TROY, Mich. – Tom Kelly, the CEO of Automation Alley, is almost an evangelist for advanced manufacturing technology and Industry 4.0.
The non-profit organization has a mission to inform manufacturers, large and small, about how advanced technologies, such as 3D printing, collaborative robots, and artificial intelligence, are changing manufacturing. The group began in southeastern Michigan but now operates across Michigan.
Kelly’s message: Industry 4.0 is spurring changes in traditional manufacturing business models.
“I have a feeling manufacturing is going to be disrupted,” Kelly said at an interview at Automation Alley headquarters in Troy, Mich.
Industry 4.0 has been an issue in manufacturing for years.
Additive manufacturing, also known as 3D printing, enables new designs for parts and systems. AI changes manufacturing from the start. Cobots mean robots can work in close proximity to human operators. Industry 4.0 means machines can communicate directly with human operators.
Automation Alley was founded in the late 1990s. The group’s mission has evolved since then. It works with large and small manufacturers. Kelly came aboard as COO in 2014 and became CEO in 2016.
According to Kelly, some manufacturers still don’t understand how the sector is changing.
“Our biggest problem is indifference,” he said. “I have a feeling manufacturing is going to be disrupted.”
Both large and small manufacturers have heard previously that massive change is coming.
Such manufacturers reply, Kelly said, “The world is still spinning.”
Kelly’s reply: “You’ve been the frog in the (hot) water for some time. But eventually, the heat will kill you.”
The Automation Alley organization is reaching out to concerning how Industry 4.0 is causing major shifts.
Here are some examples:
--Automation Alley formed a partnership with the World Economic Forum, the same group that conducts an annual program in Davos, Switzerland. The partnership is aimed at larger manufacturers.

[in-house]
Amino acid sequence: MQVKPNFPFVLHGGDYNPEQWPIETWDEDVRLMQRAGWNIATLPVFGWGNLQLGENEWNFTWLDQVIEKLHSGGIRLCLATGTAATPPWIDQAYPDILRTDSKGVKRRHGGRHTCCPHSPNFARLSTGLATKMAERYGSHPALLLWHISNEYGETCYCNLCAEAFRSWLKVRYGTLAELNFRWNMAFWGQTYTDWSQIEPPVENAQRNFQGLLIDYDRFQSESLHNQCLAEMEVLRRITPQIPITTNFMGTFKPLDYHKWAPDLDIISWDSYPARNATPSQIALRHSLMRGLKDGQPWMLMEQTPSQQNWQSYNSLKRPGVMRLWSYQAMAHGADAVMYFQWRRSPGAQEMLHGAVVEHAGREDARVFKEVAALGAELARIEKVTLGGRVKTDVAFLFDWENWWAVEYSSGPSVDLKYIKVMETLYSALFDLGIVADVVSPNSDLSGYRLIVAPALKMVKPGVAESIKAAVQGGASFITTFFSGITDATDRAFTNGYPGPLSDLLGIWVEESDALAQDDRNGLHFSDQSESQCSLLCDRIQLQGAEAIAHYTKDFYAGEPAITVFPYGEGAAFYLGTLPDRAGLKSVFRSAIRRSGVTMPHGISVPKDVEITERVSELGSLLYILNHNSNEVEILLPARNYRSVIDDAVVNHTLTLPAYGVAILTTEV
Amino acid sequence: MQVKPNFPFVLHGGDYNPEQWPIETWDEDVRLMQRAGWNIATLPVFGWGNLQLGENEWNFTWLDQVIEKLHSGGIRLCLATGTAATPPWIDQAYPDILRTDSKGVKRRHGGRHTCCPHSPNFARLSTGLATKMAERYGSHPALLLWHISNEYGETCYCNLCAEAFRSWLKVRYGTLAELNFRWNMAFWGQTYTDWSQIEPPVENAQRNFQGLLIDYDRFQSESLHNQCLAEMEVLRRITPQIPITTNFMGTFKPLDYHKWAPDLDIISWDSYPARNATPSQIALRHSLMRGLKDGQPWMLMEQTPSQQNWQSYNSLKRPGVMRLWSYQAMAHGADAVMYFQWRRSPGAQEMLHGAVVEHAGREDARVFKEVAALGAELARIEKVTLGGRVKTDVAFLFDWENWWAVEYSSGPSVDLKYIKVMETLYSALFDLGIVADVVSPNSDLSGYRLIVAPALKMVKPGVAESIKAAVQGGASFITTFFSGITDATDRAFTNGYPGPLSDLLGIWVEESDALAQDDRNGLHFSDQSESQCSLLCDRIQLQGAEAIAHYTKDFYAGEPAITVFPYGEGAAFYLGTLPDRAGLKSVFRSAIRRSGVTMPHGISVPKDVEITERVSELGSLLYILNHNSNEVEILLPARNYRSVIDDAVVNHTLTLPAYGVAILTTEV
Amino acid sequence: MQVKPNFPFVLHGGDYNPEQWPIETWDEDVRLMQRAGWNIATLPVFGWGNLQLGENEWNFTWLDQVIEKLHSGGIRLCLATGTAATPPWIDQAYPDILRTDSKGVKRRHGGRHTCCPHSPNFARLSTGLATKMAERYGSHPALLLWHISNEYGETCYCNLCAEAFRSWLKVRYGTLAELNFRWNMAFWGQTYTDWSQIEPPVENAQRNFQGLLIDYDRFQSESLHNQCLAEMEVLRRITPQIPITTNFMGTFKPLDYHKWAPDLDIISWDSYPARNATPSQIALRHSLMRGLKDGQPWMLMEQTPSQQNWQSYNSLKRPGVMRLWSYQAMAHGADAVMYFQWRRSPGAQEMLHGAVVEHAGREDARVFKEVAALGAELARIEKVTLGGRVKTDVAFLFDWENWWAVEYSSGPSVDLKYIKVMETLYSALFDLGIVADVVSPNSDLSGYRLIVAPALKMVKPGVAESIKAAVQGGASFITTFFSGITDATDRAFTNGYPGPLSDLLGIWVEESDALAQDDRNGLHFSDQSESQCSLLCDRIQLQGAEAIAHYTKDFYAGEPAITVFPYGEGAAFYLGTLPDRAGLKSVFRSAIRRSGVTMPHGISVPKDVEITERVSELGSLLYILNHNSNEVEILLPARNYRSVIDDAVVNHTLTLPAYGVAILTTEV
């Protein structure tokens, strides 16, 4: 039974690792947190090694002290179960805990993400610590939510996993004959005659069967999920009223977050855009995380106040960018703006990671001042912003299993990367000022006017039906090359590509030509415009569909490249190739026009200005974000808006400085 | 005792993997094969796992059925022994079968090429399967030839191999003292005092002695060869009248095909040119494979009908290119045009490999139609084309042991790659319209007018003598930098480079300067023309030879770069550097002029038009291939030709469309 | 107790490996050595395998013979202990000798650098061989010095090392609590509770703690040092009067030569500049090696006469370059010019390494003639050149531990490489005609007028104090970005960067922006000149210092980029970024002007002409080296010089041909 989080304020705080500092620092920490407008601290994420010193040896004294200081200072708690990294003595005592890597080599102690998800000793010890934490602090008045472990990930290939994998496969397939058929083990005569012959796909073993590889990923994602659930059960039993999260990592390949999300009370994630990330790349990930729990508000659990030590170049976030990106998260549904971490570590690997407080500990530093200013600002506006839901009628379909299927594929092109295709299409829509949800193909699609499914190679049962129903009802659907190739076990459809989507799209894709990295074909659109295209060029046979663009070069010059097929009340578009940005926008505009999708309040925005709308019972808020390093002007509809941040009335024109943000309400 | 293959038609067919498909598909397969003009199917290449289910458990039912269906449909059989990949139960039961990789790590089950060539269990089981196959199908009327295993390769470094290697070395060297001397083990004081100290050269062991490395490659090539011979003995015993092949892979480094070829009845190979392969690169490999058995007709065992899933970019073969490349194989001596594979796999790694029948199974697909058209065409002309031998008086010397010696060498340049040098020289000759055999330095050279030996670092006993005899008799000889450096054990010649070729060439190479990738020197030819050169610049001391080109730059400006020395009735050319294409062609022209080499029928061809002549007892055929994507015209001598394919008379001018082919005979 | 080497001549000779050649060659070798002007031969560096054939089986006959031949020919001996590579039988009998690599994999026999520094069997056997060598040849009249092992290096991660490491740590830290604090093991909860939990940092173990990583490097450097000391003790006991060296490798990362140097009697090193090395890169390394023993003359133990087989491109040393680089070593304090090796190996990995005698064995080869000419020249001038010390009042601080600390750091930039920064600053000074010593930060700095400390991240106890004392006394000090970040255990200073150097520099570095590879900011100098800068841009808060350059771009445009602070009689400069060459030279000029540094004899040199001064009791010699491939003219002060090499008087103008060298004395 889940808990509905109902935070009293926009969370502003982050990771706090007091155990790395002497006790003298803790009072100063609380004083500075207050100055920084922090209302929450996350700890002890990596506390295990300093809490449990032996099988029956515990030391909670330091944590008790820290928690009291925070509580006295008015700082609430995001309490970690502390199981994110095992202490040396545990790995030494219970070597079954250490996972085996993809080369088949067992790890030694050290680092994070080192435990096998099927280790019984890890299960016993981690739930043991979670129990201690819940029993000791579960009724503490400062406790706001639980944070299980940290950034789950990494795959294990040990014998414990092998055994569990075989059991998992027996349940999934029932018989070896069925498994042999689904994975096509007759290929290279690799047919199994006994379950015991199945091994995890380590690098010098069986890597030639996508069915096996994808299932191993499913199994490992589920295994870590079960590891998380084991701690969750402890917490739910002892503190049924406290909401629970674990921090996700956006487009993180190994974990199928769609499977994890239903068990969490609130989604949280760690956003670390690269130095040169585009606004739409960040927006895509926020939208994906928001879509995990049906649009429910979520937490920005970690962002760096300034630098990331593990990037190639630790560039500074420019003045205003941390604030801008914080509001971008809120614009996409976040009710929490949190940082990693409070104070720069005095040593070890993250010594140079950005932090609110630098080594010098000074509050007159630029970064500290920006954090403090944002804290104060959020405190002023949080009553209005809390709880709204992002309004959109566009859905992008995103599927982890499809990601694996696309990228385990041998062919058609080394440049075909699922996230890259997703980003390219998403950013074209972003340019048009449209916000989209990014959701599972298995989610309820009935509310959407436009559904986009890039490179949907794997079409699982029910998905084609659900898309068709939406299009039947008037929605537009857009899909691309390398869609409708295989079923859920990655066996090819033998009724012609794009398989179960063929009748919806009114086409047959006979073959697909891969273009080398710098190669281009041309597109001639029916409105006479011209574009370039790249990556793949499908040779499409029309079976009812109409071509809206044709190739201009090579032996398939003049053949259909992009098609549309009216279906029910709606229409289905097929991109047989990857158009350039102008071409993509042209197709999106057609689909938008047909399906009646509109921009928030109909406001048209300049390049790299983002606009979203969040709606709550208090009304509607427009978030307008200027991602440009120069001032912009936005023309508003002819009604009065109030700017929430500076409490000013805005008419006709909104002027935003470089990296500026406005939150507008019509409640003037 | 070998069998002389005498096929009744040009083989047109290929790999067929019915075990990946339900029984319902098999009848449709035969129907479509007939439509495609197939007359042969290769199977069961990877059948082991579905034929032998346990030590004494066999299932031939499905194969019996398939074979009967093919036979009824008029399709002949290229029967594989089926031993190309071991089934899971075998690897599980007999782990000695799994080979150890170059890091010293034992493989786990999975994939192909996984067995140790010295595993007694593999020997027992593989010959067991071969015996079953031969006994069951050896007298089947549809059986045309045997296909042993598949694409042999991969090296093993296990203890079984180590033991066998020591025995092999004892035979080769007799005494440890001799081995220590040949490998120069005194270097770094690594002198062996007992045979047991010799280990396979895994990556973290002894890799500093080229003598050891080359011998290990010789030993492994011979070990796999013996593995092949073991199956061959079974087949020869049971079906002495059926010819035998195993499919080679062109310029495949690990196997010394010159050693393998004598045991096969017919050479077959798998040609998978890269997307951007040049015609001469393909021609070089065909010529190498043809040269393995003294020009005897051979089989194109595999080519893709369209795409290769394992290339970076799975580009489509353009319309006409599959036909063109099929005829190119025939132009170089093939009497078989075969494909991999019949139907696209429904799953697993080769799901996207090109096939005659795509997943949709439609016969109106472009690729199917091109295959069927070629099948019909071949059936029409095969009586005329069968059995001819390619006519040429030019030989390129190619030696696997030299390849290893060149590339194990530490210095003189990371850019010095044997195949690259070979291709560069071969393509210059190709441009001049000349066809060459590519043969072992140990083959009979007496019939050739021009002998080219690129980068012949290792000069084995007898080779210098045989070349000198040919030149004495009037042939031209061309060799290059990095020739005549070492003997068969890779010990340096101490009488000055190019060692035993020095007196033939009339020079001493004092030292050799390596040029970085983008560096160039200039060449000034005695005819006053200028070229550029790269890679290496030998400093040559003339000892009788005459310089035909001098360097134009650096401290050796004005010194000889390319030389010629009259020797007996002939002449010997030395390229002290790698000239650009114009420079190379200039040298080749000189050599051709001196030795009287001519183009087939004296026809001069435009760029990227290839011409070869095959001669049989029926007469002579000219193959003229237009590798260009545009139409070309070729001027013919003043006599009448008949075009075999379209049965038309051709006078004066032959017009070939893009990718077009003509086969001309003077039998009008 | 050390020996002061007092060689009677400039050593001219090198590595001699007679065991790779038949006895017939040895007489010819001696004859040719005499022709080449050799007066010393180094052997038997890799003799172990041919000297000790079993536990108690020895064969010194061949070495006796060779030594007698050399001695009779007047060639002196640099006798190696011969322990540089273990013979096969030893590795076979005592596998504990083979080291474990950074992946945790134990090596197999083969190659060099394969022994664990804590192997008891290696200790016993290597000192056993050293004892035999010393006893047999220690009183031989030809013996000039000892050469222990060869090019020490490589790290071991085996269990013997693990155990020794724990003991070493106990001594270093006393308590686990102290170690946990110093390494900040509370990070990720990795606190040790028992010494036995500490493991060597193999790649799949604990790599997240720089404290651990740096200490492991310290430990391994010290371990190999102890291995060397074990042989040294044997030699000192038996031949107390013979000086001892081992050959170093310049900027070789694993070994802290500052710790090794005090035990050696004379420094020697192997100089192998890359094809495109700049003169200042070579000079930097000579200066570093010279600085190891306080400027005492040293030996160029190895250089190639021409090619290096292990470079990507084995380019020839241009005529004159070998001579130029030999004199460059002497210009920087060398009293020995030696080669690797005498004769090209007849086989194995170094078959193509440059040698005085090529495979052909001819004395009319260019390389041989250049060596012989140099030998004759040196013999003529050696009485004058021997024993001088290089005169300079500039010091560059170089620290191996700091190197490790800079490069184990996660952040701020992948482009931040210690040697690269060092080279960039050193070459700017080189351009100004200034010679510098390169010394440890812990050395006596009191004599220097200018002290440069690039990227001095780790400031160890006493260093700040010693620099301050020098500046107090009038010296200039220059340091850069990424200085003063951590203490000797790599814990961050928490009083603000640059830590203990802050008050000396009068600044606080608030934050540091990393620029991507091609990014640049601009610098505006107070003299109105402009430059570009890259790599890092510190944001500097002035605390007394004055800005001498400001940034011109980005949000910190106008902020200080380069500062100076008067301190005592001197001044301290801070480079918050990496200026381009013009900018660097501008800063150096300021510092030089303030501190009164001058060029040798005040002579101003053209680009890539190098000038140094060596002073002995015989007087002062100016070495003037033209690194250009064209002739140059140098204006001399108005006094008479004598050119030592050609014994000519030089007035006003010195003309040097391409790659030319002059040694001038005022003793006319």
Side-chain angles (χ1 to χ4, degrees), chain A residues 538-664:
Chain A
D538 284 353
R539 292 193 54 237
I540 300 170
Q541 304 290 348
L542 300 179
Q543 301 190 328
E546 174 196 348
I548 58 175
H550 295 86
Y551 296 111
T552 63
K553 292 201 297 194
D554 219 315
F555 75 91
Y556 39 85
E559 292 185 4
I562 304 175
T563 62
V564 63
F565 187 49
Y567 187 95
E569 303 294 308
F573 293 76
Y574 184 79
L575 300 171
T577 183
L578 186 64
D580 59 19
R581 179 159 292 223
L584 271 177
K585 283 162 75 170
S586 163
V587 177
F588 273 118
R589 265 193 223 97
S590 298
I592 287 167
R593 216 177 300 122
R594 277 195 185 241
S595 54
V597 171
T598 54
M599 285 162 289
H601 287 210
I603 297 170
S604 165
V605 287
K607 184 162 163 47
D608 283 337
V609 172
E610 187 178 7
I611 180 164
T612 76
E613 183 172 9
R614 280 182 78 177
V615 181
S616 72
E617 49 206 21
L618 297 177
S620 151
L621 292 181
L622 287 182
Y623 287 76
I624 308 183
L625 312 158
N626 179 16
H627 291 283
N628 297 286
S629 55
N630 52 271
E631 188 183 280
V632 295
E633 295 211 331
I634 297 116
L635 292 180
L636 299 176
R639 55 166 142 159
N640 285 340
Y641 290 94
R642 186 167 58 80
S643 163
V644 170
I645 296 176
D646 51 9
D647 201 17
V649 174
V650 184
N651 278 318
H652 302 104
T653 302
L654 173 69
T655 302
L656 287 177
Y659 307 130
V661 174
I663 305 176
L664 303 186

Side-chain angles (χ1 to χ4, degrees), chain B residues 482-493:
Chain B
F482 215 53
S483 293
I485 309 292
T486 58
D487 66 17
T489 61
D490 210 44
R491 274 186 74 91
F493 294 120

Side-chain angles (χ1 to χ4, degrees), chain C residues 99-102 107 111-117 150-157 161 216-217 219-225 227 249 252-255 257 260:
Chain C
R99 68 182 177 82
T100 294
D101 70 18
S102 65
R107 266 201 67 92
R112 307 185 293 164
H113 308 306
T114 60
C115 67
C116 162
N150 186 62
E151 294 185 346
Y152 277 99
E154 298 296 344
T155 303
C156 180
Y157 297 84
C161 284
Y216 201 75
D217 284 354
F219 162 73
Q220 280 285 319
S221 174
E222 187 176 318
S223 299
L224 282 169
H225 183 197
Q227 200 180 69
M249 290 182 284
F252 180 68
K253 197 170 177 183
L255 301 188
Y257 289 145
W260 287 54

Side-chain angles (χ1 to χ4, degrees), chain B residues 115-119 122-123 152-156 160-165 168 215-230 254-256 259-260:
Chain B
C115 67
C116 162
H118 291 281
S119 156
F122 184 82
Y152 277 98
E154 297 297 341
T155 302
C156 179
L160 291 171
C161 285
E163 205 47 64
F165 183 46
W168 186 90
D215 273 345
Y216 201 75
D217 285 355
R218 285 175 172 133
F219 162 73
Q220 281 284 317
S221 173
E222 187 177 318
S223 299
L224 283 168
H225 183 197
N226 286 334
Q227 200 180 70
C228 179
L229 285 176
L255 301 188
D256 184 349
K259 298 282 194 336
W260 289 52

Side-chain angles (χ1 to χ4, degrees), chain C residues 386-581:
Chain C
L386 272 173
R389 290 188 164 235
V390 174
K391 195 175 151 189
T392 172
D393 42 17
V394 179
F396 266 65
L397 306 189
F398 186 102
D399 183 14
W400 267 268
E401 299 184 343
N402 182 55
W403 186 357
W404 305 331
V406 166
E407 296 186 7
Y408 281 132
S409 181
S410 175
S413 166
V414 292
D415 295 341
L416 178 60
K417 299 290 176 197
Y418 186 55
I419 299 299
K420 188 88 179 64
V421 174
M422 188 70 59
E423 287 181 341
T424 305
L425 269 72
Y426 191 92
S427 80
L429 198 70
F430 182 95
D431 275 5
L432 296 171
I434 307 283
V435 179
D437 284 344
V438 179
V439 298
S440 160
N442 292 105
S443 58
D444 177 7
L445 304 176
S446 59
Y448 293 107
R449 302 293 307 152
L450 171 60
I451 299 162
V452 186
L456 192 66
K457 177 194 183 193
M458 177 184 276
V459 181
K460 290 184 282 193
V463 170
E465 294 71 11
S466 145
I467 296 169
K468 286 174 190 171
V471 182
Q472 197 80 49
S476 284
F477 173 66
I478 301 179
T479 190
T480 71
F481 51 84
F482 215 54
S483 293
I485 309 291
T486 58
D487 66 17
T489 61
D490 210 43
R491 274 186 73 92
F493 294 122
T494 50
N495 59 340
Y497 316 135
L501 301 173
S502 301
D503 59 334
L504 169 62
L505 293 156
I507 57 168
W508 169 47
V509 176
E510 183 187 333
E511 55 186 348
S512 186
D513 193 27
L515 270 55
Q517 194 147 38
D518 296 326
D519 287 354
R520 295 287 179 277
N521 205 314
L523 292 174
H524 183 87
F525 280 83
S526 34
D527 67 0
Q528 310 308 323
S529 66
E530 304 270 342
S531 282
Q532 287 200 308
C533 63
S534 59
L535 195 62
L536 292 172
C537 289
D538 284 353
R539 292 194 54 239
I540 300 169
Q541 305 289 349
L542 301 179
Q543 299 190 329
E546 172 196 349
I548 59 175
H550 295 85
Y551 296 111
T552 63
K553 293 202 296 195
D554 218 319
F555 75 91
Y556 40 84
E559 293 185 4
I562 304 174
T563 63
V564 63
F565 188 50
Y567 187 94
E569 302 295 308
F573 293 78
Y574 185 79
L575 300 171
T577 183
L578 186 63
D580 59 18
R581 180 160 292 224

“It’s meant immediate credibility on the global stage,” Kelly said of the partnership. The tie with the World Economic Forum has boosted Automation Alley’s visibility, he said. “They have such a powerful brand on the global stage.”
--Project DIAMOnD, which is aimed at smaller manufacturers. Automation Alley has distributed about 300 3D printers to smaller companies. Those printers form a network. When needed, the printers and the network can be used for mass printing of medical supplies (such as during the COVID-19 pandemic) or tourniquets (during the Russian invasion of Ukraine).
Recipients get a chance to own 3D printers valued at more than $20,000 and learn how to use them to supplement their own manufacturing operations.
--A forum for manufacturers to review the advances of Industry 4.0: Automation Alley organizes Integr8, a conference in the Detroit area. The gathering started in the 2010s but COVID-19 caused a disruption. This year’s edition will be in Novi, Mich., on May 9, the week after SME’s RAPID + TCT, being held May 2-4, 2023, in Chicago.
Integr8 “is a rather intimate show,” Kelly said. The event is aimed at Michigan manufacturers. “The whole idea is to expose these small business owners, these small manufacturers to what’s possible for them.”